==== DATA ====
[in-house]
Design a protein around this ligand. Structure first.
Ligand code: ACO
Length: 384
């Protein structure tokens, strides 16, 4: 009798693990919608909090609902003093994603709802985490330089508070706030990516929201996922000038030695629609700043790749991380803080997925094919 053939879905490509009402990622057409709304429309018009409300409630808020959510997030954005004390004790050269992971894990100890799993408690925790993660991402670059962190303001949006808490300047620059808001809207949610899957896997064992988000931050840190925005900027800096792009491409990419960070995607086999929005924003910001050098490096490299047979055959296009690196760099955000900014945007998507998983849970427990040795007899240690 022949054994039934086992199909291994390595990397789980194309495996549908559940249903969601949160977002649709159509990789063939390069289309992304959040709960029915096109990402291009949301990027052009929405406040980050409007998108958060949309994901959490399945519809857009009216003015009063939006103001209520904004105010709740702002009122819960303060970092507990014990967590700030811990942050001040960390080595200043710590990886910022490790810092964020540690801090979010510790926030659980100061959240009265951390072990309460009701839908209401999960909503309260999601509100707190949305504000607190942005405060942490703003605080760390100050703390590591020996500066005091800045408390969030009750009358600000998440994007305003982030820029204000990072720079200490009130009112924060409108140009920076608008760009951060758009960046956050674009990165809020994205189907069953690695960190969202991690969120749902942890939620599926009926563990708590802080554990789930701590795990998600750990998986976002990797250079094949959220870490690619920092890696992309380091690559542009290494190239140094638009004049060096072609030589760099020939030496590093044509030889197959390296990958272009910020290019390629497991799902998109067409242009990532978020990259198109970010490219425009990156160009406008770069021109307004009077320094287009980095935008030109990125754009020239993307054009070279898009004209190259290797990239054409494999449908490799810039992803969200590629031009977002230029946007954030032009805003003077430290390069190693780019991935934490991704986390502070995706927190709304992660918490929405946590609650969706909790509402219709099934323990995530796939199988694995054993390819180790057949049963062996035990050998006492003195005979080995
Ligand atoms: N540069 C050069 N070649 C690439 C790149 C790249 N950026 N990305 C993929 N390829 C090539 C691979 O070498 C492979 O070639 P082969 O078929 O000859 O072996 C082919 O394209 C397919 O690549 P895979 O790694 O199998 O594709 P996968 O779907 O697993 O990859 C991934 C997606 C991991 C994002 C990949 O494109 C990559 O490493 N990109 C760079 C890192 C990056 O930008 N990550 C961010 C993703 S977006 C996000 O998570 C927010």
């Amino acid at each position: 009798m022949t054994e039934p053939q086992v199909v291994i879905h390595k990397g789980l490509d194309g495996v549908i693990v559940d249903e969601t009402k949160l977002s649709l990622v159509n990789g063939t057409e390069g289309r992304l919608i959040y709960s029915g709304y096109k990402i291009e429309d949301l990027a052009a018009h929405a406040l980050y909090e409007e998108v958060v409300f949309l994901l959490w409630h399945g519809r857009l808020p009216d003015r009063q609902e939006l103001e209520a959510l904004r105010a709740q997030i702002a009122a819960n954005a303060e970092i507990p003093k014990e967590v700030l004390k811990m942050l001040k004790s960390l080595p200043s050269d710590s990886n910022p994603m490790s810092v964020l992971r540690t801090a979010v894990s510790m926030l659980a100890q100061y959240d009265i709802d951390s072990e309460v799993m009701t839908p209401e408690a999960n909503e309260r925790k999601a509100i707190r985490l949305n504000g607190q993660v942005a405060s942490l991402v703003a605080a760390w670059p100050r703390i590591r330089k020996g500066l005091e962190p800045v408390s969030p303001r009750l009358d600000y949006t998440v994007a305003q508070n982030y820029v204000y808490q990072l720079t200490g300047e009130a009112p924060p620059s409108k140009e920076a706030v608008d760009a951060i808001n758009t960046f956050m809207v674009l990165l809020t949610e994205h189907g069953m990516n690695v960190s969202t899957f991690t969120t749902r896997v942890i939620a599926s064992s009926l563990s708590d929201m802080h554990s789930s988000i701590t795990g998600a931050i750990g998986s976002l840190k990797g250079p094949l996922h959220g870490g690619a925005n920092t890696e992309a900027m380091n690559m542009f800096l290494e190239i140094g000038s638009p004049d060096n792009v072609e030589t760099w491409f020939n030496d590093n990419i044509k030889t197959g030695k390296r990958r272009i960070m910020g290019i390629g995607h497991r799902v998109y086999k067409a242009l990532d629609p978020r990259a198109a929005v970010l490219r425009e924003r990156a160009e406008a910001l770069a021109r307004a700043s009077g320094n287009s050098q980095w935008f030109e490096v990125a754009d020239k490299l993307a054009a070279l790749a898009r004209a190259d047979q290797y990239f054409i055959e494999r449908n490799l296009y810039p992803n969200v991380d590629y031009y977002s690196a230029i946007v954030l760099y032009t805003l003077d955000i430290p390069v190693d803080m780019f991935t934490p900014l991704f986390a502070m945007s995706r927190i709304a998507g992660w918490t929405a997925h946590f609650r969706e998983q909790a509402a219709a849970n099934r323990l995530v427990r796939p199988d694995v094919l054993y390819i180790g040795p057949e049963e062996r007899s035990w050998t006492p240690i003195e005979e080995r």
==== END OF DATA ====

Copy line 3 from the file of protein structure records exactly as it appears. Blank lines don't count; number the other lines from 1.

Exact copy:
Ligand code: ACO